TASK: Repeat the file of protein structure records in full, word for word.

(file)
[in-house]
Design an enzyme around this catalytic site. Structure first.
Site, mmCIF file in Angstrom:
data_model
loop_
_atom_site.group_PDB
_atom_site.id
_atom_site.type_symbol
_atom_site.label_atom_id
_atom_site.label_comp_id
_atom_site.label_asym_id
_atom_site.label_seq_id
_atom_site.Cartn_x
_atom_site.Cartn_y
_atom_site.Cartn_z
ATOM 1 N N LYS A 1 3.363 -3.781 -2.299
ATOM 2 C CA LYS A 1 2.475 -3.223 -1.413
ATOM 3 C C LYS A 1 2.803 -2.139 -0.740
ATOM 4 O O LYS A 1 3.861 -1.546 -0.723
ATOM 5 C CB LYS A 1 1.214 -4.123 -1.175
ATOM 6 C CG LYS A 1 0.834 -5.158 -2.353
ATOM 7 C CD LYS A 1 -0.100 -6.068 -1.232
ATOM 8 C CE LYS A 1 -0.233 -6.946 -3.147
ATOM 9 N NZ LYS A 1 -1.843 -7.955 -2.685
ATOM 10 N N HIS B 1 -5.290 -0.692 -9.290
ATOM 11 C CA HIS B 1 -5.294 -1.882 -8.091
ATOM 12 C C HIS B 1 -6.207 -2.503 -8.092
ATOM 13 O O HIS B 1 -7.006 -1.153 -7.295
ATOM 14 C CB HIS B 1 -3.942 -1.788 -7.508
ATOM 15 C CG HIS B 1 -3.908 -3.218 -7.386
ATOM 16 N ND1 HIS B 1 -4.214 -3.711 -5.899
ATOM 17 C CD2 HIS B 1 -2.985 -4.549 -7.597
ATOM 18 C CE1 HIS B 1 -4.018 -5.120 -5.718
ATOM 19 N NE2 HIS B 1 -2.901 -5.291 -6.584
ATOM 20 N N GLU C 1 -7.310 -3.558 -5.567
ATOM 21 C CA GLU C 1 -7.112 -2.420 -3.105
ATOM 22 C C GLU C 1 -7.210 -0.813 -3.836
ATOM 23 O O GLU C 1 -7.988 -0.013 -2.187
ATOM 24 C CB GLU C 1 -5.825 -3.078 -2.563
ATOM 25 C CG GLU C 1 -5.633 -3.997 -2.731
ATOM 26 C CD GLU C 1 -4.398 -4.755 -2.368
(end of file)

[in-house]
Design an enzyme around this catalytic site. Structure first.
Site, mmCIF file in Angstrom:
data_model
loop_
_atom_site.group_PDB
_atom_site.id
_atom_site.type_symbol
_atom_site.label_atom_id
_atom_site.label_comp_id
_atom_site.label_asym_id
_atom_site.label_seq_id
_atom_site.Cartn_x
_atom_site.Cartn_y
_atom_site.Cartn_z
ATOM 1 N N LYS A 1 3.363 -3.781 -2.299
ATOM 2 C CA LYS A 1 2.475 -3.223 -1.413
ATOM 3 C C LYS A 1 2.803 -2.139 -0.740
ATOM 4 O O LYS A 1 3.861 -1.546 -0.723
ATOM 5 C CB LYS A 1 1.214 -4.123 -1.175
ATOM 6 C CG LYS A 1 0.834 -5.158 -2.353
ATOM 7 C CD LYS A 1 -0.100 -6.068 -1.232
ATOM 8 C CE LYS A 1 -0.233 -6.946 -3.147
ATOM 9 N NZ LYS A 1 -1.843 -7.955 -2.685
ATOM 10 N N HIS B 1 -5.290 -0.692 -9.290
ATOM 11 C CA HIS B 1 -5.294 -1.882 -8.091
ATOM 12 C C HIS B 1 -6.207 -2.503 -8.092
ATOM 13 O O HIS B 1 -7.006 -1.153 -7.295
ATOM 14 C CB HIS B 1 -3.942 -1.788 -7.508
ATOM 15 C CG HIS B 1 -3.908 -3.218 -7.386
ATOM 16 N ND1 HIS B 1 -4.214 -3.711 -5.899
ATOM 17 C CD2 HIS B 1 -2.985 -4.549 -7.597
ATOM 18 C CE1 HIS B 1 -4.018 -5.120 -5.718
ATOM 19 N NE2 HIS B 1 -2.901 -5.291 -6.584
ATOM 20 N N GLU C 1 -7.310 -3.558 -5.567
ATOM 21 C CA GLU C 1 -7.112 -2.420 -3.105
ATOM 22 C C GLU C 1 -7.210 -0.813 -3.836
ATOM 23 O O GLU C 1 -7.988 -0.013 -2.187
ATOM 24 C CB GLU C 1 -5.825 -3.078 -2.563
ATOM 25 C CG GLU C 1 -5.633 -3.997 -2.731
ATOM 26 C CD GLU C 1 -4.398 -4.755 -2.368